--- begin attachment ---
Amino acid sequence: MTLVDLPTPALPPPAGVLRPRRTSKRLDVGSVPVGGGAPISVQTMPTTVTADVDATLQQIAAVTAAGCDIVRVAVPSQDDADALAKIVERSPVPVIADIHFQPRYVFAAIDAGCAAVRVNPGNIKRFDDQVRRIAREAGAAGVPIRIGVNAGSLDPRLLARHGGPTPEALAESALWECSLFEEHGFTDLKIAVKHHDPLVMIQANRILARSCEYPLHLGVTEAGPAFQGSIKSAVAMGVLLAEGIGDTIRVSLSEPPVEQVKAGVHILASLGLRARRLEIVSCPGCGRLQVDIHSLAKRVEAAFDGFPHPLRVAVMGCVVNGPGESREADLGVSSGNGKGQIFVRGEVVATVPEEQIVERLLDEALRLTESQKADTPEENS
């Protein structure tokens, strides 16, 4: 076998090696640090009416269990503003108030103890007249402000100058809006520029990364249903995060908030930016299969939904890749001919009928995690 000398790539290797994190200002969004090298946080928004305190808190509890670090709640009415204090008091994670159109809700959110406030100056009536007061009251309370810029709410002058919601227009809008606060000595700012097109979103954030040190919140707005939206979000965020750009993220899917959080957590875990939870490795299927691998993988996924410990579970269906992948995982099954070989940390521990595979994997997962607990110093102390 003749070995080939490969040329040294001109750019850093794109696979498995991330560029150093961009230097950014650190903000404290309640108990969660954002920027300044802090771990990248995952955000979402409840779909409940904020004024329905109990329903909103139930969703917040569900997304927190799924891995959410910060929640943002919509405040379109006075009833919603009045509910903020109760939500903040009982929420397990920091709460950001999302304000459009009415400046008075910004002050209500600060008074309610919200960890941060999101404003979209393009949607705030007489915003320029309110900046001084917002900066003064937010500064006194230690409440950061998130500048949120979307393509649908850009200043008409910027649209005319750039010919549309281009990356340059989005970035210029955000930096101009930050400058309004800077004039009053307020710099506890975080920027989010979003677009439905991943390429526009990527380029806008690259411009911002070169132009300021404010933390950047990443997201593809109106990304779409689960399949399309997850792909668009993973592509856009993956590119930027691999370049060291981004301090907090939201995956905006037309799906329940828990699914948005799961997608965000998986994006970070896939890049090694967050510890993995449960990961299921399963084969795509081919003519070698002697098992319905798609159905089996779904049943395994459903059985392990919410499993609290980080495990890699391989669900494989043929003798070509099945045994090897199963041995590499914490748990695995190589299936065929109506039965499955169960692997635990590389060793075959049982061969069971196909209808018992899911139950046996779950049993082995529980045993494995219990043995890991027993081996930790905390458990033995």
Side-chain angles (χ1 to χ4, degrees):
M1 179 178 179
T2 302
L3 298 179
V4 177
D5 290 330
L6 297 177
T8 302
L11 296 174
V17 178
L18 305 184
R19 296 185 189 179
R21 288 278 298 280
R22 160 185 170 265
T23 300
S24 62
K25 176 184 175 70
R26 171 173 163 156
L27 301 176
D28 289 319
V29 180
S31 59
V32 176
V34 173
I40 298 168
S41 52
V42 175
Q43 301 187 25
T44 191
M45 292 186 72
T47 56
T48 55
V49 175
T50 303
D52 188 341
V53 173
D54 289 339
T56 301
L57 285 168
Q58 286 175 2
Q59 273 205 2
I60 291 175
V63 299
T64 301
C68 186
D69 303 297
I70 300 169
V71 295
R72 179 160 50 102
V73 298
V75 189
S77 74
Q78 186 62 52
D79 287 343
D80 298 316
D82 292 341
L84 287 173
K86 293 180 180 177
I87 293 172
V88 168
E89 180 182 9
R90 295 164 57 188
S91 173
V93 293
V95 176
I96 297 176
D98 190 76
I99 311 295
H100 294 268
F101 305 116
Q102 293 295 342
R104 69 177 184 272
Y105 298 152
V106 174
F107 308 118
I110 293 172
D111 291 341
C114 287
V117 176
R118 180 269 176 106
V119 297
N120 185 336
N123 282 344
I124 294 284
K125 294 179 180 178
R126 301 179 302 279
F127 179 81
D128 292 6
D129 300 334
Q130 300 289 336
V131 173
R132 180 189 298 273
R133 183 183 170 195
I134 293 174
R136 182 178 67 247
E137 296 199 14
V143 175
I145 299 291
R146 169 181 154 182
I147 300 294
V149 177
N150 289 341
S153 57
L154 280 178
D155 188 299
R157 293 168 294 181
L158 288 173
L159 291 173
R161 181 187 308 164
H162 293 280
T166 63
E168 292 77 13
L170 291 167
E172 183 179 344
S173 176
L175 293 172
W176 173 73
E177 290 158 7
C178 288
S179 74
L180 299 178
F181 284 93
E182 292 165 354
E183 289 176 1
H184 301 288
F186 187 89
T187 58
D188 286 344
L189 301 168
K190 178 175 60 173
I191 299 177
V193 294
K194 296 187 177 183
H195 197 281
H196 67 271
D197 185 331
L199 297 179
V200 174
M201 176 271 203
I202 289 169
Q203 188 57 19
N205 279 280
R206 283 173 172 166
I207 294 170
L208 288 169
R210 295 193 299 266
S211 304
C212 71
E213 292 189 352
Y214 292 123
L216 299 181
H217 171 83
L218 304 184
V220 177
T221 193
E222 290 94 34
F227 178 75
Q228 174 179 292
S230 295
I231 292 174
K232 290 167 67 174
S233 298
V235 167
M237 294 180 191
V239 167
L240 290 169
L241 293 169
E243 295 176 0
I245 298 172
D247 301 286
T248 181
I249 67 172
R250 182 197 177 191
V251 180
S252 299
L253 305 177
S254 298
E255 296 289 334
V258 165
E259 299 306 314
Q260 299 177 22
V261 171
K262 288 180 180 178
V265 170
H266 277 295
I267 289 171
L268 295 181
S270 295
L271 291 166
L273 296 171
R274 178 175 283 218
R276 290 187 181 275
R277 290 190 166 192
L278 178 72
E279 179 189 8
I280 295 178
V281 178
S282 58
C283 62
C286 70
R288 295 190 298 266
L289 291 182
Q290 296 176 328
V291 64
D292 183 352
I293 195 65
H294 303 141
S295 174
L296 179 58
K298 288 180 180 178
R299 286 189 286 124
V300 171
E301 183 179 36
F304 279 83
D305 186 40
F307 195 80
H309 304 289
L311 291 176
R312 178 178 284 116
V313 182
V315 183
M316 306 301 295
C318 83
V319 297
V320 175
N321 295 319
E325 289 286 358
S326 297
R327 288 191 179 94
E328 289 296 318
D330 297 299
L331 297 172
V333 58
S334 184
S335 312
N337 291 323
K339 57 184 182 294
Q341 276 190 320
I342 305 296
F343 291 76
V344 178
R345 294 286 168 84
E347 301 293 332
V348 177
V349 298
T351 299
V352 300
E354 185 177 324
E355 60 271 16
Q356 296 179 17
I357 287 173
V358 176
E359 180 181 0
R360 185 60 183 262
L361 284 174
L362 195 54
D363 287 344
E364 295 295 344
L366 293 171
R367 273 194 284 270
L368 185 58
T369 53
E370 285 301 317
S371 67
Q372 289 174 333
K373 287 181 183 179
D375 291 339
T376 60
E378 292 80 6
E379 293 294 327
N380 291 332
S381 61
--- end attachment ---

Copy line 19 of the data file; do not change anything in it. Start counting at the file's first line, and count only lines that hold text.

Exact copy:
K25 176 184 175 70